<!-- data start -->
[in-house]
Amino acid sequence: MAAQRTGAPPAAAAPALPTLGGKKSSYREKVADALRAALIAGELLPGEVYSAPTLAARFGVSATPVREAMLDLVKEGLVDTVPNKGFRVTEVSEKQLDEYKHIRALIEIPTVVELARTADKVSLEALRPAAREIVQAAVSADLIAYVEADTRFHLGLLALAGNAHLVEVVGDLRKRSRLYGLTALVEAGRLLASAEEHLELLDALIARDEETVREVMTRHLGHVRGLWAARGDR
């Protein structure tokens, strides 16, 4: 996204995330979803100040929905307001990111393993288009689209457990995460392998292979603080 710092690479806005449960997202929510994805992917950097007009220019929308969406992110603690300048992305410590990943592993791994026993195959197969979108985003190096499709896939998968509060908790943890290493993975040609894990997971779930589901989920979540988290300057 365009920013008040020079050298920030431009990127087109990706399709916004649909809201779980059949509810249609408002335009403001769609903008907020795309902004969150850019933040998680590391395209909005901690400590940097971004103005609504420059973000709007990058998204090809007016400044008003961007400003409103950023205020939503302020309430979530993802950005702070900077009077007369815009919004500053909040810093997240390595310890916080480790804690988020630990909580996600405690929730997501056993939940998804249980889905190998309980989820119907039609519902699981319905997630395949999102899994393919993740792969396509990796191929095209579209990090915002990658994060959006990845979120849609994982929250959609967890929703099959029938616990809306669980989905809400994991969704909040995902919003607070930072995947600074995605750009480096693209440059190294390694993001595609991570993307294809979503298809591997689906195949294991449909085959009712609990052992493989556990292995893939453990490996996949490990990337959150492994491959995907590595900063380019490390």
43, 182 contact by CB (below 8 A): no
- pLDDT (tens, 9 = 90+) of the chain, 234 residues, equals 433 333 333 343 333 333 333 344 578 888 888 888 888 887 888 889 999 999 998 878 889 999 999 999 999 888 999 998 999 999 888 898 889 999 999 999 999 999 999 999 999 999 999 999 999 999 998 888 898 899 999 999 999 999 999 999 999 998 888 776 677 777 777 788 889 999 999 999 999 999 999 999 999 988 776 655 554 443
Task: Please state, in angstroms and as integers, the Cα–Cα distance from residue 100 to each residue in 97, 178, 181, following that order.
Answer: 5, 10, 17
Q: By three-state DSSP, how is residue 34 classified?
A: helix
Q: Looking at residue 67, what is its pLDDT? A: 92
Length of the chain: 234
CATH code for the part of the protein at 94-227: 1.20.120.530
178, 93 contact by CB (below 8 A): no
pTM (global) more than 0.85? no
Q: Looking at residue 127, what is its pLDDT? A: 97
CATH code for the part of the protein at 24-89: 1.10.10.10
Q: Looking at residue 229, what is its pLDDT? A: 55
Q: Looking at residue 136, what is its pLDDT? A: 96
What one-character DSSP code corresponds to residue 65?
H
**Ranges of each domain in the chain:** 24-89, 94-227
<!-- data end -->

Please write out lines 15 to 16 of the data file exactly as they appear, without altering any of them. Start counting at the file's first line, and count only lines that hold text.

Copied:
Q: Looking at residue 127, what is its pLDDT? A: 97
CATH code for the part of the protein at 24-89: 1.10.10.10